Sub open_workbook()
       Dim workbook_name As String
       Dim path As String
       workbook_name = “Project”
       Path = “c:\My Documents\New Project\”
       Workbooks.Open Filename:= Path & workbook_name & “.xls”
End Sub

Notice the last line - Workbooks.Open Filename. Workbooks is an Excel object, and Open is a function of the Workbooks object.
The Workbooks.Open Filename:= Path & workbook_name & “.xls” line is the same as writing out
Workbooks.Open Filename:= c:\My Documents\New Project\Project.xls

Below shows the object browser in the VBA editor and how it is called up


In the Members of "Workbook" plane are a combination of functions, property, and sub routine items.
We will look at classes later.

To open a different workbook

Sub open_different_workbook()
       Dim workbook_name As String
       workbook_name = “Project”
End Sub

To select a particular worksheet in a workbook:

Sub open_different_worksheet()
       Dim worksheet_name As String
       worksheet_name = “RACK ELEVATION”
       Sheets (worksheet_name).Select
End Sub

Here Sheets is an object and Select is a sub routine of that object

Sub select_a_column()
       Dim column_selected As String
       column_selected = “BM”
       Columns(column_selected & “:” & column_selected).Select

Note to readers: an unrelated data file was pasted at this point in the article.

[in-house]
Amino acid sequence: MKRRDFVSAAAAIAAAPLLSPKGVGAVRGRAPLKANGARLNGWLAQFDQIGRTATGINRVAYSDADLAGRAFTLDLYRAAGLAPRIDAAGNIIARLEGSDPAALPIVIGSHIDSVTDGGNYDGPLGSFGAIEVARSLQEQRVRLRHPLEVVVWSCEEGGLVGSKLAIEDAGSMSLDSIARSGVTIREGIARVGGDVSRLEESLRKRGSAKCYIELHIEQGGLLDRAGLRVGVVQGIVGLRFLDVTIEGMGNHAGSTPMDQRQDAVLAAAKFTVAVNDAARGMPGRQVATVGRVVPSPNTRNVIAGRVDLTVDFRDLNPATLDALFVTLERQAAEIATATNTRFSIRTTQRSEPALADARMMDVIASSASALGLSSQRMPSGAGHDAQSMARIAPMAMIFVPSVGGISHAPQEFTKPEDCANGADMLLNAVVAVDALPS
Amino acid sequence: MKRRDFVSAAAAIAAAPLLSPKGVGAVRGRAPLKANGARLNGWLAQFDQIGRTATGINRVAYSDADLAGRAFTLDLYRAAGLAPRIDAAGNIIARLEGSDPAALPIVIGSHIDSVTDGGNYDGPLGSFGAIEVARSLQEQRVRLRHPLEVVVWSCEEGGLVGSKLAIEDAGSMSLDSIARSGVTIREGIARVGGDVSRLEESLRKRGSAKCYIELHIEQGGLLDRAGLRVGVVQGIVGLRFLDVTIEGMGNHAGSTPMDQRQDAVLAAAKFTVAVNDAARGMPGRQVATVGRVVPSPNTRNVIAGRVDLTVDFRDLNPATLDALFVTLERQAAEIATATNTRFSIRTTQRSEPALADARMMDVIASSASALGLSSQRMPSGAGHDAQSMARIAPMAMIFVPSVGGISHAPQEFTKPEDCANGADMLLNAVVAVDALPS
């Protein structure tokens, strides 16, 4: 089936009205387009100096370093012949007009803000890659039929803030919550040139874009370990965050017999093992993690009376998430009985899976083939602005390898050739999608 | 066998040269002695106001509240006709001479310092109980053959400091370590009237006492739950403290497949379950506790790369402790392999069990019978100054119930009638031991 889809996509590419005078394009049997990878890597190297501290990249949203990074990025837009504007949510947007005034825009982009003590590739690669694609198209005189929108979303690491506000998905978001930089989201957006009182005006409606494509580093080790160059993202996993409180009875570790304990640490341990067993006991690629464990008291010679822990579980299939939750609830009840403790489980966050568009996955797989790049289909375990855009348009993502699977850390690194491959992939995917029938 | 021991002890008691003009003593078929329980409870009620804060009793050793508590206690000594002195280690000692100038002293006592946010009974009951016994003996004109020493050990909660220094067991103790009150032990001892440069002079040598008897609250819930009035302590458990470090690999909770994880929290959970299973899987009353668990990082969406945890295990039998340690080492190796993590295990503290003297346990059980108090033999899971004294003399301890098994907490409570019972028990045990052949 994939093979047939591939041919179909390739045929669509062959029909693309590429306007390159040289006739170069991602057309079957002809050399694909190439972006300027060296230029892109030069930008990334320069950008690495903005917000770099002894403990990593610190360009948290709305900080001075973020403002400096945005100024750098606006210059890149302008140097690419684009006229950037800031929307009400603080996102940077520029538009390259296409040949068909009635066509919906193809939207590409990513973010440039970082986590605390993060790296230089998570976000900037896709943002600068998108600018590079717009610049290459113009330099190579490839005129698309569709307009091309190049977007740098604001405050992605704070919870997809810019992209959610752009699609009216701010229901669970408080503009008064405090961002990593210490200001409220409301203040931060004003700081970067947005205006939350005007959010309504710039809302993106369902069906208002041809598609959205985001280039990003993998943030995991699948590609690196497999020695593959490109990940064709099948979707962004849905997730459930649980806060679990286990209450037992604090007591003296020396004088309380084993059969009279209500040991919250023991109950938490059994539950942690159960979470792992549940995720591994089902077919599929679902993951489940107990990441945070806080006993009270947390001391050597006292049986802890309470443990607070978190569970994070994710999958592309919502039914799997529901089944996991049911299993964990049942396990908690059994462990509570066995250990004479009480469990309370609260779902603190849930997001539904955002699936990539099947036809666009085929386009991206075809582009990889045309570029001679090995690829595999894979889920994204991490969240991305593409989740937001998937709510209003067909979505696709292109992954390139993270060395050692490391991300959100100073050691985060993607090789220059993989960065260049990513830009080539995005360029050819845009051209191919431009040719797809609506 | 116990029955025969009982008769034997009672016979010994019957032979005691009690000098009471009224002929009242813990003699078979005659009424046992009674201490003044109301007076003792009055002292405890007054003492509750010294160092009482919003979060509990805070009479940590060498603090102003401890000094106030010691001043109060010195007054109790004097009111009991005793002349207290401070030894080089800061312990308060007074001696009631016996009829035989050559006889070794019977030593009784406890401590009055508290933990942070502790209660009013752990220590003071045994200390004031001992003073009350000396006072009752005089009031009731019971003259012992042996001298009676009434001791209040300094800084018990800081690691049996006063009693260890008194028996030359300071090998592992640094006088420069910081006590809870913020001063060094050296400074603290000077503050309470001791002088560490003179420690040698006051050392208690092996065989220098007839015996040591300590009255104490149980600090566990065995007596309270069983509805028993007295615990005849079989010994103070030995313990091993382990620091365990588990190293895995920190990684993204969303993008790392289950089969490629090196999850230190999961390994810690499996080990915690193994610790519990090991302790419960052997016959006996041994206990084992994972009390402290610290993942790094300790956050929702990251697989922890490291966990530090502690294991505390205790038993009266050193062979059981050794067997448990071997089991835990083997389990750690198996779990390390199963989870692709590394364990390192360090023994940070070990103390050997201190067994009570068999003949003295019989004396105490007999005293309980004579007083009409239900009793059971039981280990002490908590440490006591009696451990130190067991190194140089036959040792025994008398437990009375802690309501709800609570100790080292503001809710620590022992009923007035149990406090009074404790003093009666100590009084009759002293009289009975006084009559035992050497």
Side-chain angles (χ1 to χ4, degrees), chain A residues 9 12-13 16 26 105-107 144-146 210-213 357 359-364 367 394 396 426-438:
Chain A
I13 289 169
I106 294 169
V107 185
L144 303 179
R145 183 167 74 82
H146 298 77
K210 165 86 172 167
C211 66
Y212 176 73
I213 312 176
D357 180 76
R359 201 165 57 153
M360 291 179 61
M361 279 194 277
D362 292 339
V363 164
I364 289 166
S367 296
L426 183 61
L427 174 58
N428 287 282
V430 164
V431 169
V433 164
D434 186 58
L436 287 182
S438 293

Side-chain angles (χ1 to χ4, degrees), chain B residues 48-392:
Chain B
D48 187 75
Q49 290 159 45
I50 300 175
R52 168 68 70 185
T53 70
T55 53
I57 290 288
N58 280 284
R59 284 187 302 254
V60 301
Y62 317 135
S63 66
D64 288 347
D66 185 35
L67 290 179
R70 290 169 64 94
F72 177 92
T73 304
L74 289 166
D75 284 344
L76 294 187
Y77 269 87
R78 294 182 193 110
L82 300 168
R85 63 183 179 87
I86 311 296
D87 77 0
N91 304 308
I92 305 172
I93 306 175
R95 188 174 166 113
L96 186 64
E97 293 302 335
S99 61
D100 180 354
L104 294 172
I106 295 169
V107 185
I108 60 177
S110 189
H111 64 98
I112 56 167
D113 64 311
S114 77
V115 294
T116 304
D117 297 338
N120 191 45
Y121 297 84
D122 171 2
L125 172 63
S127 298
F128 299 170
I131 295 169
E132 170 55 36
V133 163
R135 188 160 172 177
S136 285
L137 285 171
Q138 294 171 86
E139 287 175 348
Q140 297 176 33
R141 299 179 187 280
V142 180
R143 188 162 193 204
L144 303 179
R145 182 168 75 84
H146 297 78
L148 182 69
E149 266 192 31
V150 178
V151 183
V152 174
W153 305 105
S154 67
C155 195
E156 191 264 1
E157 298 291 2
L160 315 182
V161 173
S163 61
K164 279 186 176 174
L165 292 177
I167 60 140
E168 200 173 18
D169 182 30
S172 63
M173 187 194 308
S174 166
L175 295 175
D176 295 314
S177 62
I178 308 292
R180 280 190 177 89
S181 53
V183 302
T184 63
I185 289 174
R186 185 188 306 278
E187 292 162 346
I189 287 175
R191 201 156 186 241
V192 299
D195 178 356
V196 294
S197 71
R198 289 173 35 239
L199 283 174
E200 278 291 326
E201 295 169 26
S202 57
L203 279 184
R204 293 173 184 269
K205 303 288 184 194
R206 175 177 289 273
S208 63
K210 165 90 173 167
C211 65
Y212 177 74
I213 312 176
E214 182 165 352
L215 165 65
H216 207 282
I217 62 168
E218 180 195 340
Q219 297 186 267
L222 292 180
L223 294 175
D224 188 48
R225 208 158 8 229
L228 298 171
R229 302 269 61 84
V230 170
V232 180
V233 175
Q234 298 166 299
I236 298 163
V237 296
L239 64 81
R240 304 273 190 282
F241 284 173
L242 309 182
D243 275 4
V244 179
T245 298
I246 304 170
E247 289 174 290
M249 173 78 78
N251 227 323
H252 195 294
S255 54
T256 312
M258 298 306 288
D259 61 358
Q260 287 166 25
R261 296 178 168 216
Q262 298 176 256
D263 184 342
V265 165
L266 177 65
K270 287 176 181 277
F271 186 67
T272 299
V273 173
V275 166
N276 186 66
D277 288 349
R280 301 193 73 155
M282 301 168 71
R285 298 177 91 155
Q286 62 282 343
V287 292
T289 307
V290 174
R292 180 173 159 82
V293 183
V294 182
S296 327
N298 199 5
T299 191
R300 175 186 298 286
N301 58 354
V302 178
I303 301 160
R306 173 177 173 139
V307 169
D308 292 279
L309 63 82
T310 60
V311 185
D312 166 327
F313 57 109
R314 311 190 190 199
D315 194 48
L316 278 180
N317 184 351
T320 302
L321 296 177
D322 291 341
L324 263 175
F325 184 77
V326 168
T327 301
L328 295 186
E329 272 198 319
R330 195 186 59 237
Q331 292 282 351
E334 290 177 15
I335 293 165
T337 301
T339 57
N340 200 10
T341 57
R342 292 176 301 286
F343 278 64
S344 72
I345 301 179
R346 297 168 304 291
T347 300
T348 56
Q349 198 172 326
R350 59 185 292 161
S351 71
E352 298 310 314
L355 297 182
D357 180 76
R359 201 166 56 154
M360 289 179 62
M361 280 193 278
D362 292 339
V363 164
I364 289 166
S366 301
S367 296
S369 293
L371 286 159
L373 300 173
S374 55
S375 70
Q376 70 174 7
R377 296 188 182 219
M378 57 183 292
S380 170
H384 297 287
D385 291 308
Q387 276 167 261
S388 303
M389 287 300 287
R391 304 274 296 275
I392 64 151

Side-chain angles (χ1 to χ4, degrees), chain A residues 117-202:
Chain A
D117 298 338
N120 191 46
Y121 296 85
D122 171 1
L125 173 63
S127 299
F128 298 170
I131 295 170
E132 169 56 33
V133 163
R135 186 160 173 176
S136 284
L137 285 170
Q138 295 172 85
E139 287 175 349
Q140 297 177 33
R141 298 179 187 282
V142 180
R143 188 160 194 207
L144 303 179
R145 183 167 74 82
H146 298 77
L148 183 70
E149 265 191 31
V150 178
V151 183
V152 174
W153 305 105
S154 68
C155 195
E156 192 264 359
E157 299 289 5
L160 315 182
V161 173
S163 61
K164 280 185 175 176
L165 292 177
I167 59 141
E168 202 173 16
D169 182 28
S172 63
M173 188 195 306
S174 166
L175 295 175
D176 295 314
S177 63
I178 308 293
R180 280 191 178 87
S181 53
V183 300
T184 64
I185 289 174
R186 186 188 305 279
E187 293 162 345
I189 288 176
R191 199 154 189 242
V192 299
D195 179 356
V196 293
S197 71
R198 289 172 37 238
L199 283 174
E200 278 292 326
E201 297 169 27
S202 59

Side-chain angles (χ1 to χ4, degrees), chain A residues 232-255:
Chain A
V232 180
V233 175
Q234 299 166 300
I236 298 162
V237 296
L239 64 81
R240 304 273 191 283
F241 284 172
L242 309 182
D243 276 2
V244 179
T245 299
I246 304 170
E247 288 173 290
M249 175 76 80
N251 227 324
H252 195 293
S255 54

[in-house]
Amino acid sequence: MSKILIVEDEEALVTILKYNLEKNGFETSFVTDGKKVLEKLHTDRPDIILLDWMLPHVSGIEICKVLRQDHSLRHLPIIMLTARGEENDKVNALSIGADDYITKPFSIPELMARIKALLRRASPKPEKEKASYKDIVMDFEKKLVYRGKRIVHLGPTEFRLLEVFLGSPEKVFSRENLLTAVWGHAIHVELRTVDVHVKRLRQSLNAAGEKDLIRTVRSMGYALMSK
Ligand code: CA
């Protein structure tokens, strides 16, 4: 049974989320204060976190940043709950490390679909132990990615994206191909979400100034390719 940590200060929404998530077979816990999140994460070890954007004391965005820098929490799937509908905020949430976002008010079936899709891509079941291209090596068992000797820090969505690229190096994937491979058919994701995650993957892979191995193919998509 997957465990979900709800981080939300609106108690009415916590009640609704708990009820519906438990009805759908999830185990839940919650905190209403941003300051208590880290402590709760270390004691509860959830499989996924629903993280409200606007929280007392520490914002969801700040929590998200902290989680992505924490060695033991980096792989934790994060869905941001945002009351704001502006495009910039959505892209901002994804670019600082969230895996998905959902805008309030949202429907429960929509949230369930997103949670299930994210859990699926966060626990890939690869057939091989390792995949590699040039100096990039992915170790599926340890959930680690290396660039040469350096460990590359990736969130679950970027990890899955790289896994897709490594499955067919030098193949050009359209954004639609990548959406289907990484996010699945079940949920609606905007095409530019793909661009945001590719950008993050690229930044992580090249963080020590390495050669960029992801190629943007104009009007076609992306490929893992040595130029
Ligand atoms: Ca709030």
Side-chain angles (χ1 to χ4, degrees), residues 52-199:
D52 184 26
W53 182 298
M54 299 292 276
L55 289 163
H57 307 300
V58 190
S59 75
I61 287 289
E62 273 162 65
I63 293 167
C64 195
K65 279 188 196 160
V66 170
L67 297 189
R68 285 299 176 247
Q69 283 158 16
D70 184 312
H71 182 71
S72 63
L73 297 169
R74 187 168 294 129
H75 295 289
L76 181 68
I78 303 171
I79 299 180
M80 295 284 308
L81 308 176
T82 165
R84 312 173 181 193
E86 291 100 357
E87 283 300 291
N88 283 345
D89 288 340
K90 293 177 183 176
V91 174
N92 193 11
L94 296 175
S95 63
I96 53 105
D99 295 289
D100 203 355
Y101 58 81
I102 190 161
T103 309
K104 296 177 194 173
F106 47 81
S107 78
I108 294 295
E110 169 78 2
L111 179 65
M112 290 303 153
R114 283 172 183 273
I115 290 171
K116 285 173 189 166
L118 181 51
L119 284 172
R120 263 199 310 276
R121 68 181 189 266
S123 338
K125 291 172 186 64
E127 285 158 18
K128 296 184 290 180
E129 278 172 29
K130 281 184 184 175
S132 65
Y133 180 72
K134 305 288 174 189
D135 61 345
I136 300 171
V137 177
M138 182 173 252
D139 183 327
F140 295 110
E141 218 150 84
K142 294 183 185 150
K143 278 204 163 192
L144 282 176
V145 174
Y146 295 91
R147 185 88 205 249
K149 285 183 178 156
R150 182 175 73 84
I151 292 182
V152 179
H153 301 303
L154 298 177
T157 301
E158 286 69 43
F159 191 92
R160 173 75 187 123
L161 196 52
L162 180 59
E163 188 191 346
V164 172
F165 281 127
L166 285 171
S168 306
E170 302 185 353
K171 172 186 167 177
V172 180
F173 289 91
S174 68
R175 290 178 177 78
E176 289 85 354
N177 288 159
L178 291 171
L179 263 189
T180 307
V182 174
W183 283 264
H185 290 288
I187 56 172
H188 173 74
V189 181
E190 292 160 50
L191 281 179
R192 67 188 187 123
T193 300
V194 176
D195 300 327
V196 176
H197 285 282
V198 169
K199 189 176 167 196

End Sub

Columns(column_selected & “:” & column_selected).Select results in:

To select a particular row in worksheet:

Sub select_a_row()
       Dim row_selected As Integer
       row_selected = 17
       Rows(row_selected & “:” & row_selected).Select
End Sub

Rows(row_selected & “:” & row_selected).Select results in:

To select a particular cell in a worksheet:

Sub select_a_cell()
       Dim cell_selected As String
       cell_selected = “C5”
End Sub

Range(cell_selected).Select results in:

To move from one cell to another:

Sub select_a_different_cell()
       Dim different_row As Integer
       Dim different_column As Integer
       different_row = 3
       different_column = 5
       ActiveCell.Offset(different_row, different_column).Select
End Sub

ActiveCell.Offset(different_row, different_column).Select results in:
ActiveCell.Offset(3, 5).Select

To remember a point to come back to:

       Point = ActiveWindow.RangeSelection.Address

Sub Get_Back_to_Point()
End Sub


With a macro we can set any properties for a cell or group of cells that we are able to set manually via right clicking on a cell or range of cells and then selecting Format Cells.

Format Cells

A number of tabs allow you to set cell type (Number), Text Alignment, Font, Border (the tab that is selected here), Patterns (cell colors), and Cell Protection. The Border tab is central to the graphical functions in Excel. It is with borders that we create boxes and lines and all the other graphic elements in Excel. As you become more familiar with the code you will see how we do this.

If we record a macro while formatting a cell we will get commands like those below:
Setting values in the Number tab:
Command to explicitly set a cell for Text: Selection.NumberFormat = "@"
Number: Selection.NumberFormat = "0.00"
Currency: Selection.NumberFormat = "$#,##0.00"
Date: Selection.NumberFormat = "m/d/yyyy"